I have blogged recently about gifts that serve a second purpose, like TOMS shoes, which gives a pair of shoes to a needy child when you buy shoes for yourself. Now Suzanne says that Luna & Stella will donate $5 to the Homeless Prenatal Project for every purchase now through December 24. Use the code ANGEL12.

I am still looking for your suggestions about gifts that do good. I myself ordered three of Dancing Deer’s charitable gifts this year. Ten Thousand Villages is, as a fair trade retailer, pretty much all about doing good.

And if you live in Rhode Island, please consider supporting the Granola Project.

For angels only. Birthstone jewelry by Lunaandstella

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Suzanne knows what sorts of stories would be good for this blog. I love one that she passed along at Thanksgiving.

It’s by Elizabeth Rau at East Side Monthly, and it’s about a charitable effort to help refugees acclimate to a new life while working.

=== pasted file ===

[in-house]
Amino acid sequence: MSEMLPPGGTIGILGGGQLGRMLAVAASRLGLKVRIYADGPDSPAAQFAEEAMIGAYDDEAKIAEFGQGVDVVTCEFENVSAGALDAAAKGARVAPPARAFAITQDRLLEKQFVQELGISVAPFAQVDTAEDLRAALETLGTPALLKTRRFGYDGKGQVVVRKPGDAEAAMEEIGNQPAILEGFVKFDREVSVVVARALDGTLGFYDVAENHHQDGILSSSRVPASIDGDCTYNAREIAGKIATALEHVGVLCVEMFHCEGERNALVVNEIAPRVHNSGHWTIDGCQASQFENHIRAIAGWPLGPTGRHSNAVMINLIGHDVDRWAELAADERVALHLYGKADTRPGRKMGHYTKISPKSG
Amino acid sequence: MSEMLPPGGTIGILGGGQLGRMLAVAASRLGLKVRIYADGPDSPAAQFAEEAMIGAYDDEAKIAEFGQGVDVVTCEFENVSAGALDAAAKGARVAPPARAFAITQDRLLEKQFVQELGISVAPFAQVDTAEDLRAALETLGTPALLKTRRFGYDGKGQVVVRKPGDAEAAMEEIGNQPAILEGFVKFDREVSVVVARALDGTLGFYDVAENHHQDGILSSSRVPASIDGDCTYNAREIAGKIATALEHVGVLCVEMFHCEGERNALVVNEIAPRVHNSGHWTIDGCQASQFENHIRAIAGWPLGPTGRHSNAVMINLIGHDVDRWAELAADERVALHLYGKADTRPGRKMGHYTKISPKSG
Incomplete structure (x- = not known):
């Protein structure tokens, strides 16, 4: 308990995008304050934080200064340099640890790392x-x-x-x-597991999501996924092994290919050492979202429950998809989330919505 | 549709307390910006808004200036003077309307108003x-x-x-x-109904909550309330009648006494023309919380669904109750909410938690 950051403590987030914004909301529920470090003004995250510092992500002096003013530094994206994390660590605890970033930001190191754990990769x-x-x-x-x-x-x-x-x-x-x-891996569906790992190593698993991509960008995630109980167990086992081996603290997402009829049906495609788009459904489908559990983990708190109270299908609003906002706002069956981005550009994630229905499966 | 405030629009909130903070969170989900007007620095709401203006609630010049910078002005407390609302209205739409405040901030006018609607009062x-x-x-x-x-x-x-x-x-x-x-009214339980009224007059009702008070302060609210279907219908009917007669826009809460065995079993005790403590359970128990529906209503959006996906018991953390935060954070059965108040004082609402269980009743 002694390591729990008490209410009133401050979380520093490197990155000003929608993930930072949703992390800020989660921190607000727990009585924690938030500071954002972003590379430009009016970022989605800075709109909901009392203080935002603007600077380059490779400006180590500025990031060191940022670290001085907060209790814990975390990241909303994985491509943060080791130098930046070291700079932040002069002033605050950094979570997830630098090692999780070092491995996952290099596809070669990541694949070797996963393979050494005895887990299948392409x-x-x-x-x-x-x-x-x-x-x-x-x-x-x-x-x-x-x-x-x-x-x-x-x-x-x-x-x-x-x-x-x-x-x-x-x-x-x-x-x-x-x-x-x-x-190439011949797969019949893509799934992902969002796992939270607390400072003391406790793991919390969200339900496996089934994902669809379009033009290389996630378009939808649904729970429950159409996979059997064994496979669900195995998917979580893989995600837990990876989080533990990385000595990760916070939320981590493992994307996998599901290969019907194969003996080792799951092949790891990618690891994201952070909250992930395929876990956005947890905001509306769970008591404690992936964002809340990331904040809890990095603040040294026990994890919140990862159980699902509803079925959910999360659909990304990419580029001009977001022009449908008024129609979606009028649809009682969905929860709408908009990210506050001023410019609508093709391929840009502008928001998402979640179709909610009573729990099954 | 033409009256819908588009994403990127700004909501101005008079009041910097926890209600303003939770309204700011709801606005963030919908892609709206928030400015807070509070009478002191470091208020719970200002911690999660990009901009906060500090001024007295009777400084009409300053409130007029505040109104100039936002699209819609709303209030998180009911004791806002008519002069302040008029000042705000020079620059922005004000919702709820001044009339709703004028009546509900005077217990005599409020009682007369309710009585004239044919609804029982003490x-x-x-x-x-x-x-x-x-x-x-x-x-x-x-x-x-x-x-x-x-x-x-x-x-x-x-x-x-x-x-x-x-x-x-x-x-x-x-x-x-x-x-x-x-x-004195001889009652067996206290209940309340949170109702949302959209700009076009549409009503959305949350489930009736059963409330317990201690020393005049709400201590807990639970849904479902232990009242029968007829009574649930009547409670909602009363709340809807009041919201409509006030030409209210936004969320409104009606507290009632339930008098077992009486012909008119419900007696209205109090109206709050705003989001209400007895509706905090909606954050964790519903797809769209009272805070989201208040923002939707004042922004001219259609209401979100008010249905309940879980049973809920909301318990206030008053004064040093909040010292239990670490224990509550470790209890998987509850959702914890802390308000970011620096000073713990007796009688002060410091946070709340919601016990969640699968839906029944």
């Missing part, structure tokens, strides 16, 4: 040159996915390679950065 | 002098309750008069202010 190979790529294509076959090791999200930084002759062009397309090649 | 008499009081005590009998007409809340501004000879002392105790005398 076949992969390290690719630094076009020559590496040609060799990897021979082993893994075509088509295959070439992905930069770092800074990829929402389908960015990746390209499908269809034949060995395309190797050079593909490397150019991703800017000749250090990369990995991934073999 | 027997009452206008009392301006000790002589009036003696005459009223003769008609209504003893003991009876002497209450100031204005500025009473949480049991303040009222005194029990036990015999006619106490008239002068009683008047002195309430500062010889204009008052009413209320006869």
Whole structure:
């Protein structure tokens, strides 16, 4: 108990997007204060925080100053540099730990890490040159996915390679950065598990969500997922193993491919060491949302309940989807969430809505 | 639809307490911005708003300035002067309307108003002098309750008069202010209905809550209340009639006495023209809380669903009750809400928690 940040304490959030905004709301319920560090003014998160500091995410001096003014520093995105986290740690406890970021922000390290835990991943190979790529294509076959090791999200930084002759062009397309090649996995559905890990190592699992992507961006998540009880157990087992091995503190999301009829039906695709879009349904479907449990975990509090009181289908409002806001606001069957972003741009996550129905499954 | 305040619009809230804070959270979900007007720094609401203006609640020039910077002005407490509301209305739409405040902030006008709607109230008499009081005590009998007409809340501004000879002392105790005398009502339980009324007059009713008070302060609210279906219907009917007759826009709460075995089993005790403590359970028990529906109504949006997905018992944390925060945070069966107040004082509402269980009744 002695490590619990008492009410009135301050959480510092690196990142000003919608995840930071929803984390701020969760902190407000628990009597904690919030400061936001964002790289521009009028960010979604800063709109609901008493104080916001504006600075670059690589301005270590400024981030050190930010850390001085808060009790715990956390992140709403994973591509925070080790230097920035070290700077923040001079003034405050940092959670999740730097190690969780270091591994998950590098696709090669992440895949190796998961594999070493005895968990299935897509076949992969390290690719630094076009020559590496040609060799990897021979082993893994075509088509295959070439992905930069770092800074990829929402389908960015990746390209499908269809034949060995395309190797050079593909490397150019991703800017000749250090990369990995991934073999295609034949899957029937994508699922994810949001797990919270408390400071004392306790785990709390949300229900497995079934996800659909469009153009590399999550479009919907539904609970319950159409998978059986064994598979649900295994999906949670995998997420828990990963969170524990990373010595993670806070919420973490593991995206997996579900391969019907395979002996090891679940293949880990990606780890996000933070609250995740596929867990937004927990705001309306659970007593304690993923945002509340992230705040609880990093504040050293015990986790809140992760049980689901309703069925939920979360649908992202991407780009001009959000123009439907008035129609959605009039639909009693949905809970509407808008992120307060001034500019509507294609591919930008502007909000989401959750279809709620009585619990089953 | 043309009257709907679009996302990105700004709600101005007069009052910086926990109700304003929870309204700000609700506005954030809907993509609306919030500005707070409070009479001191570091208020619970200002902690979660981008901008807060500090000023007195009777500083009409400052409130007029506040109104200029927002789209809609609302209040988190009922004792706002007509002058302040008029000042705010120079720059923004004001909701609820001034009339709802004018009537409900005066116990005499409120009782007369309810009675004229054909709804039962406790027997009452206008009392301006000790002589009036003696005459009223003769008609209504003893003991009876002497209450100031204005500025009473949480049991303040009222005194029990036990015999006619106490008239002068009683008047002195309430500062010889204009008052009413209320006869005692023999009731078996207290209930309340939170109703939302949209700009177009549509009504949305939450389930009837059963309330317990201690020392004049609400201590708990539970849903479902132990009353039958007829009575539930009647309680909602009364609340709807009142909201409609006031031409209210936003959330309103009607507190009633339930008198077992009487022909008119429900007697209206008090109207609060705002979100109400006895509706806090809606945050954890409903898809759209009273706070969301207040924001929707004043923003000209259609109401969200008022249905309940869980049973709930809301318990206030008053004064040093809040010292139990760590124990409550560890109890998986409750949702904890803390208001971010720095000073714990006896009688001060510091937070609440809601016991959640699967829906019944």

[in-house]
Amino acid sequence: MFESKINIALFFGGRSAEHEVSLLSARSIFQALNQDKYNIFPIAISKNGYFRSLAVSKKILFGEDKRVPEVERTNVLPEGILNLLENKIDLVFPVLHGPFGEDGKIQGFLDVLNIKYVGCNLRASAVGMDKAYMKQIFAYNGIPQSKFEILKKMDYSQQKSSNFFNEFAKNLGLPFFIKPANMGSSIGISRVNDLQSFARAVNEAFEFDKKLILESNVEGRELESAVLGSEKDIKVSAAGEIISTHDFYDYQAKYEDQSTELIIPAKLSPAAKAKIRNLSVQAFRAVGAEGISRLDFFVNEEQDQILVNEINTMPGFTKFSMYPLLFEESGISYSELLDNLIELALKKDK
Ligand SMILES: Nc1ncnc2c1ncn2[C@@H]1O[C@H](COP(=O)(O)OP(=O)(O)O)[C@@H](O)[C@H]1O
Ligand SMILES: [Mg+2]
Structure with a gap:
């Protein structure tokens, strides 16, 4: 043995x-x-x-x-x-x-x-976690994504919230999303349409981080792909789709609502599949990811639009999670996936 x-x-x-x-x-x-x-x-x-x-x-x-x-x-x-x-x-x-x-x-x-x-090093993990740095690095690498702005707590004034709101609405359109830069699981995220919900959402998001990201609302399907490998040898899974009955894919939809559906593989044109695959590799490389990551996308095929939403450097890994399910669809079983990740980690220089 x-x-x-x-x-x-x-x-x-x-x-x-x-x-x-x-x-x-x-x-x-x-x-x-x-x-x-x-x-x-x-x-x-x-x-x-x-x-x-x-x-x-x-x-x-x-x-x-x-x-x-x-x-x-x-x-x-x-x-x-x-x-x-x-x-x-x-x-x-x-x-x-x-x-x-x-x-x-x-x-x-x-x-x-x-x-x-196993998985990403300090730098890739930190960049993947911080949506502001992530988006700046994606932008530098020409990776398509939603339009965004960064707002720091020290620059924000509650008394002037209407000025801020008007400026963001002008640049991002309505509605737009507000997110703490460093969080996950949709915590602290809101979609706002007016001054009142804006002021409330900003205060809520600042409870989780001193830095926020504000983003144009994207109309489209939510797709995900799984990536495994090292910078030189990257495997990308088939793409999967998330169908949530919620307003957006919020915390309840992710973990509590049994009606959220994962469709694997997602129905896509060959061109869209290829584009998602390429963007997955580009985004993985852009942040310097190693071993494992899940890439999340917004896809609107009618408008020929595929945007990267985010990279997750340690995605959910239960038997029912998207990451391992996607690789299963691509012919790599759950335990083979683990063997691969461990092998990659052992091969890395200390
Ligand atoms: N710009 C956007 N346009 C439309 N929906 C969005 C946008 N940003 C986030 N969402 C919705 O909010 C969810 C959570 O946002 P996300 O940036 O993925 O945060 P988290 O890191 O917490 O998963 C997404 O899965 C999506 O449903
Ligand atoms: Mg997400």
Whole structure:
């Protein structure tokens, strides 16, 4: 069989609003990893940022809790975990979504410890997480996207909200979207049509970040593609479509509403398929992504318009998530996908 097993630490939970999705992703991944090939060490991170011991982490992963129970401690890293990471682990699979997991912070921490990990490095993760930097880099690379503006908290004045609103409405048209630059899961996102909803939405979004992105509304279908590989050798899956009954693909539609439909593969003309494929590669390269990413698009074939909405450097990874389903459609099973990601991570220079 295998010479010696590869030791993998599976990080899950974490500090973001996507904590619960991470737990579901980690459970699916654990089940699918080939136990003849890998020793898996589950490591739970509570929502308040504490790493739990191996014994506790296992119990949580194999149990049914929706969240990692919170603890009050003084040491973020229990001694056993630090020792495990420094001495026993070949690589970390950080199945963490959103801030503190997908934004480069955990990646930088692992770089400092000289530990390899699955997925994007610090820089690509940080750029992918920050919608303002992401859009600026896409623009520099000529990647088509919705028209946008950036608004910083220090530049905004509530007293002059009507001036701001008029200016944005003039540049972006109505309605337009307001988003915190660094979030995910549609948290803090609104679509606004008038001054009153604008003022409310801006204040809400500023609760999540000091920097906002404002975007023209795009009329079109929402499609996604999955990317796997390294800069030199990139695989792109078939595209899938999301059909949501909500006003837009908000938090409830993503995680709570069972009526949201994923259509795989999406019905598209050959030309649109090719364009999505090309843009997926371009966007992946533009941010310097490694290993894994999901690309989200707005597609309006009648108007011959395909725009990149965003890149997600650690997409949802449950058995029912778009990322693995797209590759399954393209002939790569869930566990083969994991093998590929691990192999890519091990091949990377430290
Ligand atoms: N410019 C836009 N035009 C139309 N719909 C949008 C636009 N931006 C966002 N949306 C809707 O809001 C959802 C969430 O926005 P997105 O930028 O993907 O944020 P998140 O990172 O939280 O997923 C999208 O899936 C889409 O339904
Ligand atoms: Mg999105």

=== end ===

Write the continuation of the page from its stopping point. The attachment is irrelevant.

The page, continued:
“The holidays are upon us. What to do?” asks Rau. “You can drop a ten-spot on useless things … or you can buy a bag of granola made here in Little Rhody.

“This wholesome, mostly organic granola is irresistible: It tastes good and is lovingly whipped up by refugees trying to start over in a country that can be intimidating and tough to figure out.

“The Providence Granola Project was founded by Keith Cooper and Geoff Gordon during a deep talk one night about how to help people who come to America with nothing more than a suitcase.

“Keith, a Yale graduate and former campus minister who lives with his family on the East Side, had one of those aha moments. He’d been making granola for years in his kitchen. Why not turn his hobby into a business and mobilize refugees too? The two friends shook hands. A company was born.

“That was five years ago, and Providence Granola is still going strong. In rented space at the Amos House soup kitchen in South Providence, the company makes 1,000 pounds of granola a month.  …

“For years, Keith worked at the International Institute of Rhode Island, settling refugees here. … Keith was moved by what he saw at the institute — dignified and hard working men and women who want to succeed. With so many obstacles in their way — no money, language barriers, a different culture — you’d expect them to give up. But they don’t.”

Granola has given many of these people a new start. Read more here. And here. Read especially about Zaid Wadia, a 35-year-old Iraqi refugee, determinedly upbeat and grateful despite a very tough past life.

Photograph: image by Ryan T. Conaty